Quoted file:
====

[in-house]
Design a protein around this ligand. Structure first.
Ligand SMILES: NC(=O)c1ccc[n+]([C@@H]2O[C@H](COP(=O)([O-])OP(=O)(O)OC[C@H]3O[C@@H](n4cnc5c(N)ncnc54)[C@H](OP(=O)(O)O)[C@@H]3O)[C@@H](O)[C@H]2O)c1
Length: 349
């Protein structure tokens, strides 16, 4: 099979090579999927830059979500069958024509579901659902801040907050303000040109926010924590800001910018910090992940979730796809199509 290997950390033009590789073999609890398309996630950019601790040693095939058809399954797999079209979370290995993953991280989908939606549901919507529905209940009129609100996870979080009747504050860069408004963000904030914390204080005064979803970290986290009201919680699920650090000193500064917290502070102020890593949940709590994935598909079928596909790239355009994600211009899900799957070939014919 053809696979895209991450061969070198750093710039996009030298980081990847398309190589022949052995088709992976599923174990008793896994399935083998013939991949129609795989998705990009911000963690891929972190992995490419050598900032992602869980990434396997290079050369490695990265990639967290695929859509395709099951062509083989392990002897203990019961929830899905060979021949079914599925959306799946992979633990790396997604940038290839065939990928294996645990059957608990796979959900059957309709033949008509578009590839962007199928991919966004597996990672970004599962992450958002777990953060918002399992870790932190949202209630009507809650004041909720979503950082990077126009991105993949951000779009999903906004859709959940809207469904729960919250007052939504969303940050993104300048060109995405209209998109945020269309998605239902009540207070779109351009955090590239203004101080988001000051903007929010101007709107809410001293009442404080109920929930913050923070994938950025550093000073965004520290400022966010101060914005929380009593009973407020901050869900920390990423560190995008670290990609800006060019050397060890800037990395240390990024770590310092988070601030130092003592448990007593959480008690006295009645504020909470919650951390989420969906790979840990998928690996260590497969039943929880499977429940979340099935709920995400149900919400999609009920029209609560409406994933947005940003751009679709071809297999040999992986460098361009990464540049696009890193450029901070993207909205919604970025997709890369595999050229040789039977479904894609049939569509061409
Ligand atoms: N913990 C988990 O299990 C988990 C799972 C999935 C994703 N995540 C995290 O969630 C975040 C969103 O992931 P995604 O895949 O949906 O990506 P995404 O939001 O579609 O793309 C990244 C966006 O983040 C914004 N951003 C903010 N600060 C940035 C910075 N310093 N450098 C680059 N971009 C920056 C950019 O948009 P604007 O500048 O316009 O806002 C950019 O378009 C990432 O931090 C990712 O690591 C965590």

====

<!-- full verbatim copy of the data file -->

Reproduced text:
[in-house]
Design a protein around this ligand. Structure first.
Ligand SMILES: NC(=O)c1ccc[n+]([C@@H]2O[C@H](COP(=O)([O-])OP(=O)(O)OC[C@H]3O[C@@H](n4cnc5c(N)ncnc54)[C@H](OP(=O)(O)O)[C@@H]3O)[C@@H](O)[C@H]2O)c1
Length: 349
């Protein structure tokens, strides 16, 4: 099979090579999927830059979500069958024509579901659902801040907050303000040109926010924590800001910018910090992940979730796809199509 290997950390033009590789073999609890398309996630950019601790040693095939058809399954797999079209979370290995993953991280989908939606549901919507529905209940009129609100996870979080009747504050860069408004963000904030914390204080005064979803970290986290009201919680699920650090000193500064917290502070102020890593949940709590994935598909079928596909790239355009994600211009899900799957070939014919 053809696979895209991450061969070198750093710039996009030298980081990847398309190589022949052995088709992976599923174990008793896994399935083998013939991949129609795989998705990009911000963690891929972190992995490419050598900032992602869980990434396997290079050369490695990265990639967290695929859509395709099951062509083989392990002897203990019961929830899905060979021949079914599925959306799946992979633990790396997604940038290839065939990928294996645990059957608990796979959900059957309709033949008509578009590839962007199928991919966004597996990672970004599962992450958002777990953060918002399992870790932190949202209630009507809650004041909720979503950082990077126009991105993949951000779009999903906004859709959940809207469904729960919250007052939504969303940050993104300048060109995405209209998109945020269309998605239902009540207070779109351009955090590239203004101080988001000051903007929010101007709107809410001293009442404080109920929930913050923070994938950025550093000073965004520290400022966010101060914005929380009593009973407020901050869900920390990423560190995008670290990609800006060019050397060890800037990395240390990024770590310092988070601030130092003592448990007593959480008690006295009645504020909470919650951390989420969906790979840990998928690996260590497969039943929880499977429940979340099935709920995400149900919400999609009920029209609560409406994933947005940003751009679709071809297999040999992986460098361009990464540049696009890193450029901070993207909205919604970025997709890369595999050229040789039977479904894609049939569509061409
Ligand atoms: N913990 C988990 O299990 C988990 C799972 C999935 C994703 N995540 C995290 O969630 C975040 C969103 O992931 P995604 O895949 O949906 O990506 P995404 O939001 O579609 O793309 C990244 C966006 O983040 C914004 N951003 C903010 N600060 C940035 C910075 N310093 N450098 C680059 N971009 C920056 C950019 O948009 P604007 O500048 O316009 O806002 C950019 O378009 C990432 O931090 C990712 O690591 C965590």